Monday 3 June 2024

Review of ‘Empathogen’ by Willow


Willow branches out further from her pop roots, trading pop punk for prog jazz.

You can be an artist without having to be making money off your art’ stated Willow in a recent interview with St Vincent. That’s easy to say when your parents are both megarich Hollywood actors. Then again, if you’re a nepo baby with actual musical talent and creativity like Willow, and you can afford to make art for art’s sake – why not do it?

Willow’s music career peaked commercially when she was just 9 years old. Her incredibly annoying but infectious 2010 debut single ‘Whip My Hair’ remains her biggest hit to date. She could have continued to enjoy a career as a pop star if she’s really wanted to go down that route. But instead, Willow has since embraced more alternative sounds like psychedelic soul and more recently Paramore-style pop punk. Now on Empathogen, it feels like she’s truly gone left-field - exploring her impressive vocal range over experimental jazzy arrangements. And it's a thrill to listen to. 

Songs like ‘Run!’ see her still continuing to adopt the energetic pop punk yell of her two last albums. But other tracks like ‘Down’ see her sporting a more delicate soulful vocal tone more reminiscent of Hiatus Kaiyote’s Nai Palm. ‘Ancient Girl’ meanwhile sees Willow moaning out the word ‘gu-u-u-url’ in haunting warble that reminds me of Wednesday’s Karly Hartzman, but taken to an extreme so that it almost sounds like a sacred chant. She does the same with the words ‘run, run, run, I’m running, I’ll run’ at the end of aforementioned song ‘run!’, delivering them in a low repeated murmur until they barely sound like words anymore.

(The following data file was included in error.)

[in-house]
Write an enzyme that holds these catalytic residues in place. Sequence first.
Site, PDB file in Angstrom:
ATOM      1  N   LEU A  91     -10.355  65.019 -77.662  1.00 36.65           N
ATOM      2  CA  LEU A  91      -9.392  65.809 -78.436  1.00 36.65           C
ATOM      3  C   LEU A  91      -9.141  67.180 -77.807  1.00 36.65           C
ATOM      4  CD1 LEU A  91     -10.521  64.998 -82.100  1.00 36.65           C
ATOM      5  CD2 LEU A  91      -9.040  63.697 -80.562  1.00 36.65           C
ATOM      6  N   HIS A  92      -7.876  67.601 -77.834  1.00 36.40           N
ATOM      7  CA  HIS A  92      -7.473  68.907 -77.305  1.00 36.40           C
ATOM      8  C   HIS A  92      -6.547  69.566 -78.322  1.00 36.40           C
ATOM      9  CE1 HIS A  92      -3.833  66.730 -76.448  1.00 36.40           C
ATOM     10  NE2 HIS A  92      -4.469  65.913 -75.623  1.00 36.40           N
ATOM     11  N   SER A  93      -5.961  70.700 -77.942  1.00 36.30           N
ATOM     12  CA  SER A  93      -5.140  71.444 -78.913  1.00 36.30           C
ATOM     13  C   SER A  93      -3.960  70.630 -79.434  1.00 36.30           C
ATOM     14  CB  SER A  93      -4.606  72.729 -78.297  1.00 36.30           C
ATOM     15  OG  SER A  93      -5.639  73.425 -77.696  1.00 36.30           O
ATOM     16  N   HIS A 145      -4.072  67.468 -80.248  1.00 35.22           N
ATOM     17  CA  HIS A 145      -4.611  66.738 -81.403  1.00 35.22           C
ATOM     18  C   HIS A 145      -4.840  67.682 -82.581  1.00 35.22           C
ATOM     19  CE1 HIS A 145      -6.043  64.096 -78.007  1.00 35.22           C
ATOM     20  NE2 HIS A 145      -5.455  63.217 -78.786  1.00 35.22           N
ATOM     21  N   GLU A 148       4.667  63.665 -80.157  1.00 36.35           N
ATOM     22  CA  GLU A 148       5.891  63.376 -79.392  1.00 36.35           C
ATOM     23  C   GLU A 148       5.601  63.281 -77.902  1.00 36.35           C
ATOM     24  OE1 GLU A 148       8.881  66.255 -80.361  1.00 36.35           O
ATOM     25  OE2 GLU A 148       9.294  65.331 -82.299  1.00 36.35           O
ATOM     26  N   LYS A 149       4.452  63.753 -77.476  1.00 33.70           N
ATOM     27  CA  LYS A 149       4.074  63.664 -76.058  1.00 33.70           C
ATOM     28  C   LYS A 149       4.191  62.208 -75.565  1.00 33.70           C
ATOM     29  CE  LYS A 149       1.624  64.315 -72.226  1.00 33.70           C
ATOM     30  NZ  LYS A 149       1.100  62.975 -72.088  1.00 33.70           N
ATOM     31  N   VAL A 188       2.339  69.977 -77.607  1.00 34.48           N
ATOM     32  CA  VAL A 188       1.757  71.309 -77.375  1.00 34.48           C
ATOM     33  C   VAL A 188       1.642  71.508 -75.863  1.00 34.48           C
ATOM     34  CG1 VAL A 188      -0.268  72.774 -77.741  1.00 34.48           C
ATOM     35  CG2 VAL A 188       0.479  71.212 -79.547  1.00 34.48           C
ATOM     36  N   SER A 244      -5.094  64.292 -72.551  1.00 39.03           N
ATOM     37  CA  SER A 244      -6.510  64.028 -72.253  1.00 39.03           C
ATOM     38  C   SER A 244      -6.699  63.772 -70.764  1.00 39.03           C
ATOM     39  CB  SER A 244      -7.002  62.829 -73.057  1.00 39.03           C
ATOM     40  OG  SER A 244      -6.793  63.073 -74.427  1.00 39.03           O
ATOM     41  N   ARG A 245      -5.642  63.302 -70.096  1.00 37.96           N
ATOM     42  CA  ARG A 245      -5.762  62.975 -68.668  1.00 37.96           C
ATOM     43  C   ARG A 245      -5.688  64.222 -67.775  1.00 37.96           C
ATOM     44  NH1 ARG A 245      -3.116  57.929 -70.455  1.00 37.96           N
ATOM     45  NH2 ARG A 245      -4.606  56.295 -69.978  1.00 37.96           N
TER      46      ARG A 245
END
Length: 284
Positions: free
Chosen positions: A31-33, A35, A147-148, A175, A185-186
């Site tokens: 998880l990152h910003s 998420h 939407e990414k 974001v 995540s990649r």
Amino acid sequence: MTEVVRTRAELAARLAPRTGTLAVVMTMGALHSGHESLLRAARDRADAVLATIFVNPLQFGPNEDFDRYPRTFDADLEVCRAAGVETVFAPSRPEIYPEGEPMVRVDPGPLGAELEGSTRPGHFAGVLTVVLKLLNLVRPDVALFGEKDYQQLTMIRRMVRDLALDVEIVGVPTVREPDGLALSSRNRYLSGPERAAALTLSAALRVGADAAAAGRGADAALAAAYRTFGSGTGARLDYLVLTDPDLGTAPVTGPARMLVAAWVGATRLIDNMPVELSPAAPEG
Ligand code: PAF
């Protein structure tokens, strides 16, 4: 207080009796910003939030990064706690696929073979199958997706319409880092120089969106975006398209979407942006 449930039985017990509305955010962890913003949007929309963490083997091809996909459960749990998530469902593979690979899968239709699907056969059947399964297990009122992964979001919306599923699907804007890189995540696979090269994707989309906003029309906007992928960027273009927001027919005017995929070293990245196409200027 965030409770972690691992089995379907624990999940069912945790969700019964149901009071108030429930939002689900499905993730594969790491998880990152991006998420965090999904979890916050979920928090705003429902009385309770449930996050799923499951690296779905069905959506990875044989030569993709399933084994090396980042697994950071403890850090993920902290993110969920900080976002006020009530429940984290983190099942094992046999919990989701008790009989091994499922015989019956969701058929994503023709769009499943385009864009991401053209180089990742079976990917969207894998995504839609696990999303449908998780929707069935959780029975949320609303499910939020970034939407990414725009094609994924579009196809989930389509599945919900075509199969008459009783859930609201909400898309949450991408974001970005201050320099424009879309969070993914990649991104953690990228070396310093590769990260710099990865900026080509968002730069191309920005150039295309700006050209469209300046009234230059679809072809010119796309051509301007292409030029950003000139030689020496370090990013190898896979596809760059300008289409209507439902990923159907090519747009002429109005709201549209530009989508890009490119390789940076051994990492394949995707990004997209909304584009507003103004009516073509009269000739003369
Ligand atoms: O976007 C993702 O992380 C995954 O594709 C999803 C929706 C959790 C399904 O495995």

However, perhaps the boldest and most exciting song here is the closer ‘b i g f e e l i n g s’. This track cycles through a series of jazzy piano riffs with Willow singing catchy theatrical melodies over each of them. It feels like a prog rock song in the way it constantly changes up time signature and key, and it really shows off the dynamics of Willow’s voice.

Although sonically this album is a blast, the very basic lyrics do feel as if they let it down slightly. The whole album is themed around being emotionally sensitive, but it doesn’t really delve into this topic with any depth, and most of the lyrics feel like placeholders. This becomes clear on the track ‘no words 1 and 2’ in which she scat sings over the entire track. I imagine the entire album was conceived this way and the lyrics were an afterthought. You could argue that the lyrics are deliberately basic as a representation of Willow’s inability to express her emotions through words. But if so this concept could have still been executed in a more fun way.